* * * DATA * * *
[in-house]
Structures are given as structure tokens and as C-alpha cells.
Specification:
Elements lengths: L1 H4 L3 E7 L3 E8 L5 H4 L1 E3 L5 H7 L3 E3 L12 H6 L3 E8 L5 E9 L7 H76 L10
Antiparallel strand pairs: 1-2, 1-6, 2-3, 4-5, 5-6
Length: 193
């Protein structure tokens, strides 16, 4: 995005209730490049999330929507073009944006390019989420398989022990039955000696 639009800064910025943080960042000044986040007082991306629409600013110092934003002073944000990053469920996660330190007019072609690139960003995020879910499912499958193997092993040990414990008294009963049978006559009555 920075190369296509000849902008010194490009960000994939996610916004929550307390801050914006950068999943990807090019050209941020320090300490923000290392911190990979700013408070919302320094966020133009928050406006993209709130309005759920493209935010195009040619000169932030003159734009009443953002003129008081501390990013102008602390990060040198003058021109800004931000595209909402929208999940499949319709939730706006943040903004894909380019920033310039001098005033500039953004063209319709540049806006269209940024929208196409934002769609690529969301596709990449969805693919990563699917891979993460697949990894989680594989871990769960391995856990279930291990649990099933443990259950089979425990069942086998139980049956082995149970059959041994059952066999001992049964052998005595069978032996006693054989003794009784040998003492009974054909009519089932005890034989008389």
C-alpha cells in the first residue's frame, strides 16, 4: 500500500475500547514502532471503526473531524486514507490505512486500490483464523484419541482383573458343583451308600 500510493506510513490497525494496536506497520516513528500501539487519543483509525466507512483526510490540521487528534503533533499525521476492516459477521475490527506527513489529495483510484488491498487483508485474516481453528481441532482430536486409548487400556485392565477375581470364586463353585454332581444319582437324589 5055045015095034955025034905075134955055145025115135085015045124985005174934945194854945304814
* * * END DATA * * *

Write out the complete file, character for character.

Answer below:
[in-house]
Structures are given as structure tokens and as C-alpha cells.
Specification:
Elements lengths: L1 H4 L3 E7 L3 E8 L5 H4 L1 E3 L5 H7 L3 E3 L12 H6 L3 E8 L5 E9 L7 H76 L10
Antiparallel strand pairs: 1-2, 1-6, 2-3, 4-5, 5-6
Length: 193
């Protein structure tokens, strides 16, 4: 995005209730490049999330929507073009944006390019989420398989022990039955000696 639009800064910025943080960042000044986040007082991306629409600013110092934003002073944000990053469920996660330190007019072609690139960003995020879910499912499958193997092993040990414990008294009963049978006559009555 920075190369296509000849902008010194490009960000994939996610916004929550307390801050914006950068999943990807090019050209941020320090300490923000290392911190990979700013408070919302320094966020133009928050406006993209709130309005759920493209935010195009040619000169932030003159734009009443953002003129008081501390990013102008602390990060040198003058021109800004931000595209909402929208999940499949319709939730706006943040903004894909380019920033310039001098005033500039953004063209319709540049806006269209940024929208196409934002769609690529969301596709990449969805693919990563699917891979993460697949990894989680594989871990769960391995856990279930291990649990099933443990259950089979425990069942086998139980049956082995149970059959041994059952066999001992049964052998005595069978032996006693054989003794009784040998003492009974054909009519089932005890034989008389």
C-alpha cells in the first residue's frame, strides 16, 4: 500500500475500547514502532471503526473531524486514507490505512486500490483464523484419541482383573458343583451308600 500510493506510513490497525494496536506497520516513528500501539487519543483509525466507512483526510490540521487528534503533533499525521476492516459477521475490527506527513489529495483510484488491498487483508485474516481453528481441532482430536486409548487400556485392565477375581470364586463353585454332581444319582437324589 5055045015095034955025034905075134955055145025115135085015045124985005174934945194854945304814